Curious George: George Lucas and the Star Wars films

glenn criddle | cynical celluloid | feb. 2016

The phenomenally successful new episode of the Star Wars film series has certainly filled me with a sense of relief. After the largely disappointing prequel trilogy The Force Awakens actually feels like a Star Wars film rather than a vaguely Star Wars related offshoot like the prequels did.

George Lucas hasn't been happy about it though. After being paid an obscene amount of money for the rights, he's been miffed at losing artistic control and in a series of interviews has bemoaned the way this new series of films is going. Branding Disney as “White Slavers,” a curious comment to say the least, he then criticised the film further for its “Retro” approach and as much as he's back peddled on certain comments it seems very clear that he's been in a desperate personal struggle to step away from the project he started way back in 1977. Here's the thing, I don't hate Lucas, he's brought us so much throughout his career, he seems like a genuinely nice and decent guy and it's understandable that he feels so attached to the series, but one thing that became very clear with the prequel series was that it was not going to have the same impact that the original trilogy had. The signs were always there though with Lucas constantly tinkering with the original trilogy, and as asinine as the “Han shot first” complaint may seem, it strikes at the very heart of why fans were having a problem with Lucas.

For me I'd have to say The Return of the Jedi was the moment I began to realise things weren't going in a good direction. As beloved as the Ewoks were in some camps, it was a sign of things to come where the Star Wars universe was being made more kid friendly and less of an adventure with familiar friends and enemies. With what is now known as Episode 4 (one of the early “tweaks” to the series) there were some genuinely traumatic moments, plenty of humour and some epic, though very much-borrowed scenes. The Empire Strikes Back went even further with some near operatic drama and very dark moments though it never felt like a downer, it was also the first film I remember as being obviously part of an ongoing series. Return of the Jedi, however, started to slip towards being a kids' film (Ewoks anyone?) though thankfully still managed to feel like a sequel. I would still watch any of the original trilogy with a happy heart though I'd prefer to stick to the less than “special” editions that don't include the window dressing Lucas deemed so important. The remastering is one thing, but why oh why did we have to have the new scenes and extra CG plastered over the film?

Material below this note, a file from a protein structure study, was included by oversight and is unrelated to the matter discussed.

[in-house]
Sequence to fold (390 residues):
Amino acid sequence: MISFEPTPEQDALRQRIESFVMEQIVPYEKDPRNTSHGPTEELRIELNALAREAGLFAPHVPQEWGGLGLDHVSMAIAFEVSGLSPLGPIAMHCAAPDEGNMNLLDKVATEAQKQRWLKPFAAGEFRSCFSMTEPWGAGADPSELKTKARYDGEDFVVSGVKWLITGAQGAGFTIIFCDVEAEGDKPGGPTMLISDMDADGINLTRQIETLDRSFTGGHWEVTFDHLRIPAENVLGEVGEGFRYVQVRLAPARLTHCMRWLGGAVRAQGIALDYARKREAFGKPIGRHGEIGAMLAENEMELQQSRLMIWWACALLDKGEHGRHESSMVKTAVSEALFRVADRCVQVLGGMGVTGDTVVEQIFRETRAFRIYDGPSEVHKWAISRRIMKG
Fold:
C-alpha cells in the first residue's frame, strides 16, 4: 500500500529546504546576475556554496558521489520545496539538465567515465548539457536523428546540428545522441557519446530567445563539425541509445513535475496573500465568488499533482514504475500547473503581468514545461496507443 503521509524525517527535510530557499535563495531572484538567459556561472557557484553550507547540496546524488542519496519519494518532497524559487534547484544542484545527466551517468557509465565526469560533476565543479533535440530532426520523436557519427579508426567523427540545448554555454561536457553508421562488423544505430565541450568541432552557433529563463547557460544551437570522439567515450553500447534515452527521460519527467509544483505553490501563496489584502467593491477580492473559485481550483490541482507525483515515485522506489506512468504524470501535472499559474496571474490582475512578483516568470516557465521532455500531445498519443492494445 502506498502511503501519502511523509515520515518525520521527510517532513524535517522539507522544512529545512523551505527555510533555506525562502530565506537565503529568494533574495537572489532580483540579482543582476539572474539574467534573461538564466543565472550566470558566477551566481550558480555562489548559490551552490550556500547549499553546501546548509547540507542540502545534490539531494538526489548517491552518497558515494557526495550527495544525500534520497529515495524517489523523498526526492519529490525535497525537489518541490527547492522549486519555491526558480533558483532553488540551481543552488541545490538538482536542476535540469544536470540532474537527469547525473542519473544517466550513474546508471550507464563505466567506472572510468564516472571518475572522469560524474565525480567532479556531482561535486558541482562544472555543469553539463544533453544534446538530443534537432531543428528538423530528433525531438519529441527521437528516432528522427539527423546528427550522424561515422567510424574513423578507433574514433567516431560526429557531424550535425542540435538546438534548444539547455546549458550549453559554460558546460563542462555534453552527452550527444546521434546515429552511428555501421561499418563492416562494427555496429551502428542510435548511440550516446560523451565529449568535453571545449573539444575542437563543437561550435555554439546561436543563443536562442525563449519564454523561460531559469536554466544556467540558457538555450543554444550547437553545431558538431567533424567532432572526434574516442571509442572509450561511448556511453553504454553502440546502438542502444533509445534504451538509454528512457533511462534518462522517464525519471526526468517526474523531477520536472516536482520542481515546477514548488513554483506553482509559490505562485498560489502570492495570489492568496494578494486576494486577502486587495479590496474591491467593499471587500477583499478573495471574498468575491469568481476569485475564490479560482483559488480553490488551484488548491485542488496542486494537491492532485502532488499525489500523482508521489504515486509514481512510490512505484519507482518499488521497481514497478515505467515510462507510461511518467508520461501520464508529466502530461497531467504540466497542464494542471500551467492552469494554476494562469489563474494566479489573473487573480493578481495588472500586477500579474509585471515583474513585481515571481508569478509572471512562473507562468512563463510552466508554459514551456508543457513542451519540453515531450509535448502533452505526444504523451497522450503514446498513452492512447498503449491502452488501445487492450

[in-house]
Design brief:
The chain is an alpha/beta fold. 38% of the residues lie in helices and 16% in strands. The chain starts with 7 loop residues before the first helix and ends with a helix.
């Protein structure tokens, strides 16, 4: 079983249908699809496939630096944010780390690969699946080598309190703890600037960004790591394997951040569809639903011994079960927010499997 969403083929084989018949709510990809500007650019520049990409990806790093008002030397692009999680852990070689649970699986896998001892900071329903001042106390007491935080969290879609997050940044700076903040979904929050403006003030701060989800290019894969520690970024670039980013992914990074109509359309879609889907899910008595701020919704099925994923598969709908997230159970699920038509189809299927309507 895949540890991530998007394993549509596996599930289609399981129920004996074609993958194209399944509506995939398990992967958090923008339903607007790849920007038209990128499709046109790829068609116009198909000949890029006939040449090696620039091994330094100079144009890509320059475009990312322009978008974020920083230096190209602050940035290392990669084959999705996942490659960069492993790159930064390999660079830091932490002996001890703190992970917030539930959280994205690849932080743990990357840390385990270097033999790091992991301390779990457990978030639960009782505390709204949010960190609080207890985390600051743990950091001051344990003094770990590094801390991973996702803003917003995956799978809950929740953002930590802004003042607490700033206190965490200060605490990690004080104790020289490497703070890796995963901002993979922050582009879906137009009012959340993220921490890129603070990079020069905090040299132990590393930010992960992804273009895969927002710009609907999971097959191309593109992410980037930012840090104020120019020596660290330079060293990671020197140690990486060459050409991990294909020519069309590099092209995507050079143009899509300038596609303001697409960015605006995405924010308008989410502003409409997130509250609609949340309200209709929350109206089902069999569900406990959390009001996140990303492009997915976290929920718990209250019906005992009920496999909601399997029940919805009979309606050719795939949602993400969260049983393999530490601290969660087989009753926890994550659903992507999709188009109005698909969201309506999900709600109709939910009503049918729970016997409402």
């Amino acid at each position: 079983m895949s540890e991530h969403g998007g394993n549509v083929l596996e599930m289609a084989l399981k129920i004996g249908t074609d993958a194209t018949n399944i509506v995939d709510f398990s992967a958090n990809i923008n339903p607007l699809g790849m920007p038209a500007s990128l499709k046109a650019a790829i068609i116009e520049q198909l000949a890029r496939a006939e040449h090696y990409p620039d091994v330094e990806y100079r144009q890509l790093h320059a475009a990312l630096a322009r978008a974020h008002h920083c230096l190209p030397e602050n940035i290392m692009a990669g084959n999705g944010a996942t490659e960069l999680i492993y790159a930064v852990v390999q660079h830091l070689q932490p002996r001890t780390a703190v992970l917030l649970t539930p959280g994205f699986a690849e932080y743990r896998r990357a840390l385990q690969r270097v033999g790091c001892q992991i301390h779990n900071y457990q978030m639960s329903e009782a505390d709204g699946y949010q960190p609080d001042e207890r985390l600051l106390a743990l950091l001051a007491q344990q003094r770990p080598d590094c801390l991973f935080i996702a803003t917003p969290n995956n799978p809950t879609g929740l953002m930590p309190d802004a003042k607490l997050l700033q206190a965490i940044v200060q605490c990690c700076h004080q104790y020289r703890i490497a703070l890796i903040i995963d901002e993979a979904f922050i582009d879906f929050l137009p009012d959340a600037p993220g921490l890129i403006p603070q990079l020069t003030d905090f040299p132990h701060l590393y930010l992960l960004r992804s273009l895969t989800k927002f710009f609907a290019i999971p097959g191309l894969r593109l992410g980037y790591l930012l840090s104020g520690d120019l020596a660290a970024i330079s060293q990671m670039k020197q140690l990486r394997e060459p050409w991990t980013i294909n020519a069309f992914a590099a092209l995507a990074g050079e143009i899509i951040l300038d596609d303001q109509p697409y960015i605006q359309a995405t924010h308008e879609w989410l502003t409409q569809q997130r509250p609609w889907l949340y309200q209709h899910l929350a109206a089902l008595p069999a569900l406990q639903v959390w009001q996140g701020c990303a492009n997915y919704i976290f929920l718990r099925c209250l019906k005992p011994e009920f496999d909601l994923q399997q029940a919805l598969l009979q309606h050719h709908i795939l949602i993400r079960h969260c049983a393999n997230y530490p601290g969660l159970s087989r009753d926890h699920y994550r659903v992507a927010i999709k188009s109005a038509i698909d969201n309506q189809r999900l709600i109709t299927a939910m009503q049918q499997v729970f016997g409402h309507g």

Well, in later editions it was to fit things in with the prequel trilogy. I could hardly believe my eyes and ears looking at the post prequel editions of the original Star Wars trilogy and seeing in the closing moments Hayden Christensen digitally inserted over the original actor while an insipid alternate music score played, that, more than any other moment, seemed like a betrayal of the films I grew up with.